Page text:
NEIU Meets The Media

More stories from William Castro


Will Castro

Tony Arnold answers a question from the audience.

Media is a beast unto itself and can be intimidating if you can’t put a face to it. Meet the Media Night changes all that.


Held once every semester, Meet the Media Night allows students to interact with the four student media organizations in a fun, casual way and hear from a working professional. This semester’s guest was veteran journalist Tony Arnold of WBEZ 91.5.


He has worked in the field for 10 years. In 2012, he decided to focus his attention on the Illinois state government. During his speech at Meet the Media, he led with a quick description of his early days as a sports reporter for his high school newspaper, before he dove into what he does best: Talking about politics.

The majority of Arnold’s talk focused on the lack of a state budget and the effect it has on us, the students. Referencing an article that appeared in the spring’s premier issue of the  Independent,  he mentioned the school’s lack of a roof over the swimming pool.

“It’s politics…and what is going on in Springfield is incredibly important. We’re in this new way of thinking about government right now and figuring out (what to do) when there is no budget,” he said. “When you think about government it reaches every aspect of life.”

Journalism is a field that requires a daunting amount of skill and persistence. Arnold recalled having to decipher a complex issue and report it, all within a couple of hours.  

“(It’s) hard when you are on a very tight deadline and it’s a big complicated case…you’re consistently working the phone and doing a lot of Google searching,” he said. But then he added a tip. “The dumbest questions will get the best answers. If you don’t know, ask them.”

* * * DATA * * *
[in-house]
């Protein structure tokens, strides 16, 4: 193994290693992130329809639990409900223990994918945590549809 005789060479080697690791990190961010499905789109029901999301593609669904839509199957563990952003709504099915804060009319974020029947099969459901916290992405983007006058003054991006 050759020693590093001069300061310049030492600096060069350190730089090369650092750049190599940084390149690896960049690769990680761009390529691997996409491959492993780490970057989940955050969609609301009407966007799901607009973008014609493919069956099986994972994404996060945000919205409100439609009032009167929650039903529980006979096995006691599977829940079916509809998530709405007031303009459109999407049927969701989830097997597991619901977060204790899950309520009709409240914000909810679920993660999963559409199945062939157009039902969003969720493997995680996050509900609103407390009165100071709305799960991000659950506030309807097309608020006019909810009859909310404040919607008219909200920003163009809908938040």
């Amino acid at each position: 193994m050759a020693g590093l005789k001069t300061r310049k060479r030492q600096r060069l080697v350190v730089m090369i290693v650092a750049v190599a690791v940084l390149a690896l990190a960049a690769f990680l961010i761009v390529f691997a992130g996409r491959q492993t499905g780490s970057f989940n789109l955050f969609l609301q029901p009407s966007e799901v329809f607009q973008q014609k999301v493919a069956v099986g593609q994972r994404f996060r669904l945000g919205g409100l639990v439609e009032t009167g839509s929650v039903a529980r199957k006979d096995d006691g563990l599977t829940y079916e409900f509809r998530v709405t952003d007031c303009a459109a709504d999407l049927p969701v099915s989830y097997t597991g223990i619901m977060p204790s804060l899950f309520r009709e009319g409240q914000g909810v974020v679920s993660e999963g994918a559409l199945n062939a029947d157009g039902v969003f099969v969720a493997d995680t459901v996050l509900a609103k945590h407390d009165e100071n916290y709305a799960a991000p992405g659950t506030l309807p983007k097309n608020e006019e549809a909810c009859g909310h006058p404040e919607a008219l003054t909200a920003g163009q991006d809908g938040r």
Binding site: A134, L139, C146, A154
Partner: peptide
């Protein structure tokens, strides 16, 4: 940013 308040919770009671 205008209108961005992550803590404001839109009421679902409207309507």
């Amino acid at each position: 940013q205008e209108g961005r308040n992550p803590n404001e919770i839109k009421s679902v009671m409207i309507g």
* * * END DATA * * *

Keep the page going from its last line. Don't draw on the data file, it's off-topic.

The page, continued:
The evening also provided students an opportunity to talk with representatives of the media groups and learn how to get involved. Each group got up and gave a brief history about who they are and what they do. WZRD 88.3, is a freeform radio station that has been around since 1974. Que Ondee Sola is the longest running student led Latino/a publication in the United States, covering relevant issues in the Latino/a community for 44 years. Seeds is a creative literary and visual arts journal composed of student produced poetry, short stories, illustrations and photos. And lastly, the Independent, the school’s newspaper.

After Arnold’s engaging talk, there was a table with pizza where the audience truly got to meet the media. Everyone socialized and got the opportunity to ask one-on-one questions with Arnold.

“I was interested in them before and now it only made things clearer for me,” said sophomore Daniel Branham as he ate some pizza. “They explained a little more about what they do and their niche markets… I am more interested in them now, especially Que Ondee Sola and their legacy.”

It was such a relaxed atmosphere, it put faces to the media group.